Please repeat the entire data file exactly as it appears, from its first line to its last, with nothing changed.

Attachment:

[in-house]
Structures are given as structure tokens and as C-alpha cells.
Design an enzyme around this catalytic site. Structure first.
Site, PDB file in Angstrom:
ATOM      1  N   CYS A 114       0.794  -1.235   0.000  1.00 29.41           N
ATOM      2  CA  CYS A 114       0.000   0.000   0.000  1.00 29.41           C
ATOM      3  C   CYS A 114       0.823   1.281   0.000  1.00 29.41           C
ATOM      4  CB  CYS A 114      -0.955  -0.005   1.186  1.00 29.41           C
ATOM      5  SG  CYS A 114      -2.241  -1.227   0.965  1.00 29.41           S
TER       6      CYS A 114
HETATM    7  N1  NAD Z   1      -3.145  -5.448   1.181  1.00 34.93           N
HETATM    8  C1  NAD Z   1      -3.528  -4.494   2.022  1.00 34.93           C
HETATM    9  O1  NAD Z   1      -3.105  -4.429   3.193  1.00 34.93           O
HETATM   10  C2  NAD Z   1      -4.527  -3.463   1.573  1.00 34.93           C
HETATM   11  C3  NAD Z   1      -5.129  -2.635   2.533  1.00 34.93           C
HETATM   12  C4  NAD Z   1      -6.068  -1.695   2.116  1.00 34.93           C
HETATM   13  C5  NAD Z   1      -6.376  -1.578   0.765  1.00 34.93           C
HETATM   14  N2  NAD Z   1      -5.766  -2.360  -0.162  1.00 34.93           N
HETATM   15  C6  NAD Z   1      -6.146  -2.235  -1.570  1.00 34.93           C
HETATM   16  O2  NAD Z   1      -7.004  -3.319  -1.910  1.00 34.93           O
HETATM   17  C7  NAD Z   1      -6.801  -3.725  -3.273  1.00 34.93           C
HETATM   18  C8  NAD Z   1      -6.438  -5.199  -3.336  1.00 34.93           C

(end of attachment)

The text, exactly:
[in-house]
Structures are given as structure tokens and as C-alpha cells.
Design an enzyme around this catalytic site. Structure first.
Site, PDB file in Angstrom:
ATOM      1  N   CYS A 114       0.794  -1.235   0.000  1.00 29.41           N
ATOM      2  CA  CYS A 114       0.000   0.000   0.000  1.00 29.41           C
ATOM      3  C   CYS A 114       0.823   1.281   0.000  1.00 29.41           C
ATOM      4  CB  CYS A 114      -0.955  -0.005   1.186  1.00 29.41           C
ATOM      5  SG  CYS A 114      -2.241  -1.227   0.965  1.00 29.41           S
TER       6      CYS A 114
HETATM    7  N1  NAD Z   1      -3.145  -5.448   1.181  1.00 34.93           N
HETATM    8  C1  NAD Z   1      -3.528  -4.494   2.022  1.00 34.93           C
HETATM    9  O1  NAD Z   1      -3.105  -4.429   3.193  1.00 34.93           O
HETATM   10  C2  NAD Z   1      -4.527  -3.463   1.573  1.00 34.93           C
HETATM   11  C3  NAD Z   1      -5.129  -2.635   2.533  1.00 34.93           C
HETATM   12  C4  NAD Z   1      -6.068  -1.695   2.116  1.00 34.93           C
HETATM   13  C5  NAD Z   1      -6.376  -1.578   0.765  1.00 34.93           C
HETATM   14  N2  NAD Z   1      -5.766  -2.360  -0.162  1.00 34.93           N
HETATM   15  C6  NAD Z   1      -6.146  -2.235  -1.570  1.00 34.93           C
HETATM   16  O2  NAD Z   1      -7.004  -3.319  -1.910  1.00 34.93           O
HETATM   17  C7  NAD Z   1      -6.801  -3.725  -3.273  1.00 34.93           C
HETATM   18  C8  NAD Z   1      -6.438  -5.199  -3.336  1.00 34.93           C